Energy Conversion and Storage System
Advanced energy storage promises to play a key role in modernizing our nation’s electricity grid to enable the integration of increasing amounts of renewables, improve operating capabilities, enhance reliability, allow deferral of infrastructure investments and provide backup power during emergencies. While batteries may soon provide short-duration energy storage at reasonable costs, they do not perform as well for longer durations, for example multi-day storage. One alternative is power-to-gas technologies, such as water electrolyzers that convert electricity to chemical energy in hydrogen (H2), which can then be stored in pressurized tanks. These approaches provide excellent longer-term storage at a lower cost, but suffer from poor roundtrip efficiencies relative to electrical energy storage in batteries. The same set-up can also be run in reverse, as a fuel cell or flow battery, to turn the hydrogen into electrical energy. By creating a dual-mode system, the overall cost of the system could be drastically reduced.
Project Innovation + Advantages:
Proton Energy Systems will develop a hydrogen-iron flow battery that can generate hydrogen for use and energy storage on the electric grid. This dual-purpose device can be recharged using renewable grid electricity and either store the hydrogen or run in reverse, as a flow cell battery, when electricity is needed. The team will develop low-cost catalysts to use on both electrodes and leverage their expertise in system engineering to keep the costs low. By using two highly reversible single electron reactions, the round trip efficiency could exceed 80%. By operating at much higher efficiencies than traditional electrolyzers, this technology could offer multiple value streams thereby enabling widespread adoption of distributed storage and hydrogen fueling.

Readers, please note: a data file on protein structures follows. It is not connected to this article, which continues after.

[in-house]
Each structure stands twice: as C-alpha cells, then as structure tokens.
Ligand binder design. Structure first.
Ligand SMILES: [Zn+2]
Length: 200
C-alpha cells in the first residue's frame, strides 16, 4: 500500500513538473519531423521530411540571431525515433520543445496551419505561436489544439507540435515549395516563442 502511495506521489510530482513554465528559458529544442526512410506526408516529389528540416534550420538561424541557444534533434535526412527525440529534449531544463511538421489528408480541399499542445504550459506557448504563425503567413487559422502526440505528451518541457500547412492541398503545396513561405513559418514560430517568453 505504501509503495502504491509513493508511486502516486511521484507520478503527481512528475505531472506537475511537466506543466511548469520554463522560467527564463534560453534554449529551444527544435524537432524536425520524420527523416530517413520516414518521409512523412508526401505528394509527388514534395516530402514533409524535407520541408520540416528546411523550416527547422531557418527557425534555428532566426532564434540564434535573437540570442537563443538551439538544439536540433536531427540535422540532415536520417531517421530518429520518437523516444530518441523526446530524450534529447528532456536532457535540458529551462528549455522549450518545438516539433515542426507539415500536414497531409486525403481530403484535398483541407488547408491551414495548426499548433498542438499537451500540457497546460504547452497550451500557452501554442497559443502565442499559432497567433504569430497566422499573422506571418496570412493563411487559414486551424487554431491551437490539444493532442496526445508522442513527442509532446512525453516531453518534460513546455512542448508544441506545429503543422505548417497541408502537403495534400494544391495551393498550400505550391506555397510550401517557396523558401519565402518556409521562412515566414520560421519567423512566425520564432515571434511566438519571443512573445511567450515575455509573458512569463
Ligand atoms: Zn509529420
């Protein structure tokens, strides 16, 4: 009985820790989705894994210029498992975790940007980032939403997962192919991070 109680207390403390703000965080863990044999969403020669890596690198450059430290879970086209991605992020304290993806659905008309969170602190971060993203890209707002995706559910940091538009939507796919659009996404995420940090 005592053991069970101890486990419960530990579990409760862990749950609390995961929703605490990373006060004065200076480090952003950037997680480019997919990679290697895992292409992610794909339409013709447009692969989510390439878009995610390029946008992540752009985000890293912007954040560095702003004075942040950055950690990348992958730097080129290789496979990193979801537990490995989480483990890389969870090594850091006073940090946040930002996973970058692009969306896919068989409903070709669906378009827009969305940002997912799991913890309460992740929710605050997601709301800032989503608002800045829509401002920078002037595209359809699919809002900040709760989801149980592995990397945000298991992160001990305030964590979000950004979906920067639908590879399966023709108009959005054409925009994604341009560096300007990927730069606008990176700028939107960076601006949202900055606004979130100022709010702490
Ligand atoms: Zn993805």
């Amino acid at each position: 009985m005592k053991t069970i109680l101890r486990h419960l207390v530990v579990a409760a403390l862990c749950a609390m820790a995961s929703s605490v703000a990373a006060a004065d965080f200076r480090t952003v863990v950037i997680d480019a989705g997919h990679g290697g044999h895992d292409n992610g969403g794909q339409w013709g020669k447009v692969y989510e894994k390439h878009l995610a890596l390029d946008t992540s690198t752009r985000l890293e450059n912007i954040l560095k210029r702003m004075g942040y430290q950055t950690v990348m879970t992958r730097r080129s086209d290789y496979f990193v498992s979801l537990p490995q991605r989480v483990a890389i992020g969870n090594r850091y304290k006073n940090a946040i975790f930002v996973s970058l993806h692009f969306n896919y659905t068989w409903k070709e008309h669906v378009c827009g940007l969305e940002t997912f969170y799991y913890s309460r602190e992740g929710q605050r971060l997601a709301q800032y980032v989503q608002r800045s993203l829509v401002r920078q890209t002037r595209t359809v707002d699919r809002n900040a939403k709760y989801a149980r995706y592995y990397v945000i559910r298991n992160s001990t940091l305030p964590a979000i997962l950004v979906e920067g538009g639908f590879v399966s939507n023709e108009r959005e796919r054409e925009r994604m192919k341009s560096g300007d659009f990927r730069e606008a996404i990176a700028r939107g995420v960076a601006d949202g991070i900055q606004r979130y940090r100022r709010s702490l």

If successful, this technology could yield greatly improved water electrolyzers, which could enable low-cost energy storage compatible with intermittent renewable energy sources, such as solar and wind power.
Storing energy from intermittent renewables over long durations in a cost-effective manner could reduce demand on the electric grid, while produced H2 or derived liquids could provide a low-carbon alternative to fossil fuels for transportation.
Clean energy storage technologies could allow high penetration of emissions-free renewable power.
The team’s innovations could reduce the cost of long-term energy storage and therefore enable renewables to be more cost competitive with conventional generation sources.
ARPA-E Program Director:
Dr. Grigorii SoloveichikProject Contact:
Dr. Katherine Ayers
Press and General Inquiries Email:
ARPA-E-Comms@hq.doe.govProject Contact Email:
Pacific Northwest National Laboratory